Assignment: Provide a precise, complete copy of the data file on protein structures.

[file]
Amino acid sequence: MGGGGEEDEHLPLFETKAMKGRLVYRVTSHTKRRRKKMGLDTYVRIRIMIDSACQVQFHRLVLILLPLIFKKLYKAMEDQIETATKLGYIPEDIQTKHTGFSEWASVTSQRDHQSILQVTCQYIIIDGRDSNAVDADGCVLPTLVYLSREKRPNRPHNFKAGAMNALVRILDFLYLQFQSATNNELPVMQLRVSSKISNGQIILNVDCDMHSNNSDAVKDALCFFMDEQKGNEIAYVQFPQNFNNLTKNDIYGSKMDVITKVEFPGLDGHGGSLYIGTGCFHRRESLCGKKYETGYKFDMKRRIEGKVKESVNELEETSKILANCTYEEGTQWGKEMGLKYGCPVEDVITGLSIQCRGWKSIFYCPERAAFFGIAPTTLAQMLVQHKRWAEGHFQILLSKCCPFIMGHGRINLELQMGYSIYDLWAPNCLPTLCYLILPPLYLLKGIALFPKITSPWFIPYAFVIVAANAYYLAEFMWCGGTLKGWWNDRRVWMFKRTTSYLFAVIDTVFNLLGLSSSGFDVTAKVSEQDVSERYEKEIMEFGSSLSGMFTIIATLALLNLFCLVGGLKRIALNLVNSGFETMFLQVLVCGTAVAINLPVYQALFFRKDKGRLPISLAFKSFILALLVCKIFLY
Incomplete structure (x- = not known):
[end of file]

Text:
Amino acid sequence: MGGGGEEDEHLPLFETKAMKGRLVYRVTSHTKRRRKKMGLDTYVRIRIMIDSACQVQFHRLVLILLPLIFKKLYKAMEDQIETATKLGYIPEDIQTKHTGFSEWASVTSQRDHQSILQVTCQYIIIDGRDSNAVDADGCVLPTLVYLSREKRPNRPHNFKAGAMNALVRILDFLYLQFQSATNNELPVMQLRVSSKISNGQIILNVDCDMHSNNSDAVKDALCFFMDEQKGNEIAYVQFPQNFNNLTKNDIYGSKMDVITKVEFPGLDGHGGSLYIGTGCFHRRESLCGKKYETGYKFDMKRRIEGKVKESVNELEETSKILANCTYEEGTQWGKEMGLKYGCPVEDVITGLSIQCRGWKSIFYCPERAAFFGIAPTTLAQMLVQHKRWAEGHFQILLSKCCPFIMGHGRINLELQMGYSIYDLWAPNCLPTLCYLILPPLYLLKGIALFPKITSPWFIPYAFVIVAANAYYLAEFMWCGGTLKGWWNDRRVWMFKRTTSYLFAVIDTVFNLLGLSSSGFDVTAKVSEQDVSERYEKEIMEFGSSLSGMFTIIATLALLNLFCLVGGLKRIALNLVNSGFETMFLQVLVCGTAVAINLPVYQALFFRKDKGRLPISLAFKSFILALLVCKIFLY
Incomplete structure (x- = not known):